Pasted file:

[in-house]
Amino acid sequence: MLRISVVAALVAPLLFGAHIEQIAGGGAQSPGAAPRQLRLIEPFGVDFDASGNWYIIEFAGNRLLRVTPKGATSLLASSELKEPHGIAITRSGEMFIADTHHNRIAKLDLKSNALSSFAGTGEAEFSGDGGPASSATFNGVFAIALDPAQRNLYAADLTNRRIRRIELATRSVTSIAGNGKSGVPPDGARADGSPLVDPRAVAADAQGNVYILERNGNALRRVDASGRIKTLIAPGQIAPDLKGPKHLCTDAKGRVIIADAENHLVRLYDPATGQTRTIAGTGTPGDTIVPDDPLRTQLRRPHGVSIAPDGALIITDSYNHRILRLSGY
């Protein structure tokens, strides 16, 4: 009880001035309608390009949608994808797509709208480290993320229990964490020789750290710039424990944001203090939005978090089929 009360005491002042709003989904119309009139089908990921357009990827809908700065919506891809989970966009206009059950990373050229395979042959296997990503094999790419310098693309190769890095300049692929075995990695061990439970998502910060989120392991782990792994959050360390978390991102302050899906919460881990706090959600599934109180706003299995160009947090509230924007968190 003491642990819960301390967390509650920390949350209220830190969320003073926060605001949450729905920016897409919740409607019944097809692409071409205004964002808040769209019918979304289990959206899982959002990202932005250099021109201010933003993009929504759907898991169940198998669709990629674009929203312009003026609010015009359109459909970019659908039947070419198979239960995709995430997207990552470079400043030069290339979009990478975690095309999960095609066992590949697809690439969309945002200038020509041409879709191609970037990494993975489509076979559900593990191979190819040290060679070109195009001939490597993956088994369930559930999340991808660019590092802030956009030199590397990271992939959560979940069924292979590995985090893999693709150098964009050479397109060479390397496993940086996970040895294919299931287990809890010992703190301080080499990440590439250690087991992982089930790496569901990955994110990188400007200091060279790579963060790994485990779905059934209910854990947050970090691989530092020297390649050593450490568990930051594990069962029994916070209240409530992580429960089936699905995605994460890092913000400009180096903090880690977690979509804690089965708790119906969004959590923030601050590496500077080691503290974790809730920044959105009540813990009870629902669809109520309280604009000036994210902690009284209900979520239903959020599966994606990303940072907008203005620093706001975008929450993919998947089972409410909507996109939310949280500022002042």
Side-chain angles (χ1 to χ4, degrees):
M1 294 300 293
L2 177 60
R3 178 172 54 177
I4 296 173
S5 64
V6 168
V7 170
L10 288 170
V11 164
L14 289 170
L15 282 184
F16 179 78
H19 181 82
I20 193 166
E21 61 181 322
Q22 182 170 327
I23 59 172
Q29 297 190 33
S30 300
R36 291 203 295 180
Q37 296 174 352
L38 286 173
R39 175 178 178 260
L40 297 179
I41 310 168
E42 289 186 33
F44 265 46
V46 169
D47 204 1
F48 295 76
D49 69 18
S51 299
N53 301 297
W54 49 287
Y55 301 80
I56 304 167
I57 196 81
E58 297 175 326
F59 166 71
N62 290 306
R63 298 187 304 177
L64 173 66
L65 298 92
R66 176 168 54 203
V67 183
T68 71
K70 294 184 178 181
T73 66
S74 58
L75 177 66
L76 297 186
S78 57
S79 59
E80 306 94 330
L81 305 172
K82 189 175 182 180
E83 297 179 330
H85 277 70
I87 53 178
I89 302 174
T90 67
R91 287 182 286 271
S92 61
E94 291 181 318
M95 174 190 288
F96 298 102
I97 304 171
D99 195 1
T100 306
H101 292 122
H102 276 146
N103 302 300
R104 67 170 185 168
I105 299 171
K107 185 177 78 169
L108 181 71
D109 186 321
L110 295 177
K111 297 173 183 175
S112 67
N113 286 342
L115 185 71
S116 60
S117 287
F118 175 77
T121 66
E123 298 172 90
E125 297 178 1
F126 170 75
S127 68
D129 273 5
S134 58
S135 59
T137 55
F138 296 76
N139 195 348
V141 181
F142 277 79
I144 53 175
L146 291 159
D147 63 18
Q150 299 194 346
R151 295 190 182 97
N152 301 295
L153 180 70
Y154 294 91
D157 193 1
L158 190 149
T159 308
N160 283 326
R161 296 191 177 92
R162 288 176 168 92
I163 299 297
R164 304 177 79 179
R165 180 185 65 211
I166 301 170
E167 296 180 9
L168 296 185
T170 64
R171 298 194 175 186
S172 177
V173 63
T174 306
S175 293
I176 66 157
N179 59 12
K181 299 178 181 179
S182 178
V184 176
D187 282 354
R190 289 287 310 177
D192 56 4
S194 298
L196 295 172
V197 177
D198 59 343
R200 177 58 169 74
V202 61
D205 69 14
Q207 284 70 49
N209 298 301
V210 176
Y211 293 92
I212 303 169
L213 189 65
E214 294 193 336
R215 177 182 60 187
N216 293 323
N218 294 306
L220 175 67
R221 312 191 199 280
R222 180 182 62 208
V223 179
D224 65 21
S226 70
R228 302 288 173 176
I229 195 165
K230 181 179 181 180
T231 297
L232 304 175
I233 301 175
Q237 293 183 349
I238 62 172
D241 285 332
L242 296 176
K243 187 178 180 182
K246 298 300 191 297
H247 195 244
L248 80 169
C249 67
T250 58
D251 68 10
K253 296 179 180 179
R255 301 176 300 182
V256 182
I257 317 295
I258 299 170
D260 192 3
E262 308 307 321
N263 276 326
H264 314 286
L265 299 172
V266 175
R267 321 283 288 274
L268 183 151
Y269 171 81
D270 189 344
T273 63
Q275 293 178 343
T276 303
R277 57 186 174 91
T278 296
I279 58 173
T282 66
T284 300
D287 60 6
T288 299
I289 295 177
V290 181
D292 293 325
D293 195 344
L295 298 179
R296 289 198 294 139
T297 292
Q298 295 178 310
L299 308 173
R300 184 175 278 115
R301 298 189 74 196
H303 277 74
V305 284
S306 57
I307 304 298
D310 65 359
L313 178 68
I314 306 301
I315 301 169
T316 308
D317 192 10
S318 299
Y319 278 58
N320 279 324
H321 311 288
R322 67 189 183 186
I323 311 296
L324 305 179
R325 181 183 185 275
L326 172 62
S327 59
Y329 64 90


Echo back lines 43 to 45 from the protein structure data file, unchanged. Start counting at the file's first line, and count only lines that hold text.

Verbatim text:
F59 166 71
N62 290 306
R63 298 187 304 177